*big* reason for doing this is for times when you discover that the
new rev of the patch breaks something and you need to run
backoutpatch. If the previous version has been saved, backoutpatch
will reload the previous rev's changes as it backs out the latest
version. If you've run backoutpatch unnecessarily in the past, these
changes will be lost and you'll have to re-run the previous
patch installation by hand (assuming you've kept that patch around)
to get to the rev you need.
**** I'd like some firsthand corroboration from this list about
**** the behavior of backoutpatch automatically reloading a previous
**** version of a patch. Can anyone confirm this really works without
5. Starting with the Solaris 2.5 versions of installpatch, changes
will not only be made in /var/sadm/patch, but also in /var/sadm/pkg.
The pkg directory is where information is kept about what filesets
are loaded. This makes it imperative to use patching tools in such
a way that you allow the system to retain the most information it
can about what system modifications are made. Otherwise, you might
hose any opportunity you have to do future OS or package upgrades
rather than full installations.
Hope this clears up some things.
Jim Napier email@example.com
Systems Administration (619)534-5212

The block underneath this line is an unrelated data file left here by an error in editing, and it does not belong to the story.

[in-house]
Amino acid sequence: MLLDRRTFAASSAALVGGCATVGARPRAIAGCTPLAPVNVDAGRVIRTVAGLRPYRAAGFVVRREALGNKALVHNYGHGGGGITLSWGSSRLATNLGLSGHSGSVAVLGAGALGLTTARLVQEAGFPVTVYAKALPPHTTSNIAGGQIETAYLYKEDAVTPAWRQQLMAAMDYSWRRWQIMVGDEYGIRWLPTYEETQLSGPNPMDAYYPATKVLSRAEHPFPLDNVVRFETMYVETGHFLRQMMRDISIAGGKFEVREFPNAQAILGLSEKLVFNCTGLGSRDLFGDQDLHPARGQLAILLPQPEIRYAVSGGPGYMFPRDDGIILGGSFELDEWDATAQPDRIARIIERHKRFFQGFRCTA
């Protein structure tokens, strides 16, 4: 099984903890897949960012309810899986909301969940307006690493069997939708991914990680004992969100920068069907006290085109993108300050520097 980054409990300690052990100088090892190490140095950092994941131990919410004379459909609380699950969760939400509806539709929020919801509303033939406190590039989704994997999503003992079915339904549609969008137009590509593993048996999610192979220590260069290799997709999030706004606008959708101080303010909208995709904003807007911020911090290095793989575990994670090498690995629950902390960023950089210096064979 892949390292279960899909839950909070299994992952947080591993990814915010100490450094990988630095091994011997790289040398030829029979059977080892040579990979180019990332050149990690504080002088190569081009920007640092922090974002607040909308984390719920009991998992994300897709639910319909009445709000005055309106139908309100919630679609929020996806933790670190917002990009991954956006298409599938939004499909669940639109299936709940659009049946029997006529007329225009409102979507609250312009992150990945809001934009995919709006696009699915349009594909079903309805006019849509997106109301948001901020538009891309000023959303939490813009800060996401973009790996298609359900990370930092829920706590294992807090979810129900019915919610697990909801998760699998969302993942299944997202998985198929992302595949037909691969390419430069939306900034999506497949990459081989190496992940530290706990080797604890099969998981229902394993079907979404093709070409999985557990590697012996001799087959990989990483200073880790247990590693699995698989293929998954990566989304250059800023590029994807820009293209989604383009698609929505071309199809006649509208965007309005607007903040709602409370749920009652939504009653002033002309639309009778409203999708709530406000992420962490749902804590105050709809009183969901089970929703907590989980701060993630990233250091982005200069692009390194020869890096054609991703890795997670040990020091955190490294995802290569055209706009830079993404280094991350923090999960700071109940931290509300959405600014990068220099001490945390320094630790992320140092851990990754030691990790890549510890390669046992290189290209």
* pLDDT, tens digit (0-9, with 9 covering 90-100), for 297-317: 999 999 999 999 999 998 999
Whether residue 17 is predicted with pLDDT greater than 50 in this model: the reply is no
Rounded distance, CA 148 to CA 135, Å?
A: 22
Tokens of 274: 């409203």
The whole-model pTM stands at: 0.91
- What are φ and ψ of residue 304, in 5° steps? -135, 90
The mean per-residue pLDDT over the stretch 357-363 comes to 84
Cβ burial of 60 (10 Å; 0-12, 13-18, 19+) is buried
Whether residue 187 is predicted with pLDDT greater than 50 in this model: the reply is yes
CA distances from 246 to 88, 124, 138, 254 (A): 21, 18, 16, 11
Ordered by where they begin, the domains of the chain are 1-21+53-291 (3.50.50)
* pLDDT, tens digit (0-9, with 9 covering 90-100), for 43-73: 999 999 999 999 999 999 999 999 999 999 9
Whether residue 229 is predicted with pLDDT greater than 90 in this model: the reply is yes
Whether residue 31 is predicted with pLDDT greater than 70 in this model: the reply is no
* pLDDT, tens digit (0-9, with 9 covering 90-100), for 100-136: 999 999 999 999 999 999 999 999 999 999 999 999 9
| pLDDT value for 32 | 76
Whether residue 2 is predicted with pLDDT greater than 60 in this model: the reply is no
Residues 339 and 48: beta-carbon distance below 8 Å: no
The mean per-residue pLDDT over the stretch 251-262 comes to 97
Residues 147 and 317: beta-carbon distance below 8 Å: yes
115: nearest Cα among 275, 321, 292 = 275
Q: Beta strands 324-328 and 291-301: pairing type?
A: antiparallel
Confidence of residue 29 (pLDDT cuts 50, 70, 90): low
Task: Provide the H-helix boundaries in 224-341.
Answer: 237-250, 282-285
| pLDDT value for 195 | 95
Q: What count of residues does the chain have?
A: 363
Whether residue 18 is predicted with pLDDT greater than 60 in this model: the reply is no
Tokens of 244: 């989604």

School of Engineering
UC San Diego
"Man is nature's way of demonstrating that a little knowledge can
My original post:
> Peter Watkins (firstname.lastname@example.org) recently posted the very useful summary
> below regarding backing out of earlier revs of patches when you don't have
> the complete installation history of an earlier patch.
> The one thing mentioned here that I've wondered about for quite awhile
> is whether an earlier rev patch *should* be backed out before a new one
> is installed. This was almost always true in the old days before things
> like installpatch came along, but is that still true? In our case on our
> S1000 and S5's we've always just installed new rev patches without ever
> backing out of old ones, under the assumption that a new rev will do all
> the right things as far as determining what an old rev did previously.
> In addition, it's never been completely clear to me that one rev of a
> patch will always deal with the identical set of files that an earlier
> rev will. So there's a danger that backing out from one rev may
> "unpatch" a part of your system that does not get updated on a later
> rev. In fact, a Sun engineer recently told me that she considered it a
> bad idea to back out of old patches because she'd seen instances where
> it appeared that approach caused problems when the new patch was
> Is there any indication that one way or another is always going to
> be right? I have to believe that despite the nice way patches can be
> handled via the installpatch and backoutpatch programs, that this doesn't
> mean there's 100% consistency in how patch revs are constructed.
> Just for clarity my questions assume the following-
> 1. You always use installpatch
> 2. Your /var/sadm directory is intact and consistent throughout your
> patch history
> 3. You never install a patch that clearly states a conflict with some
> other patch or previous patch rev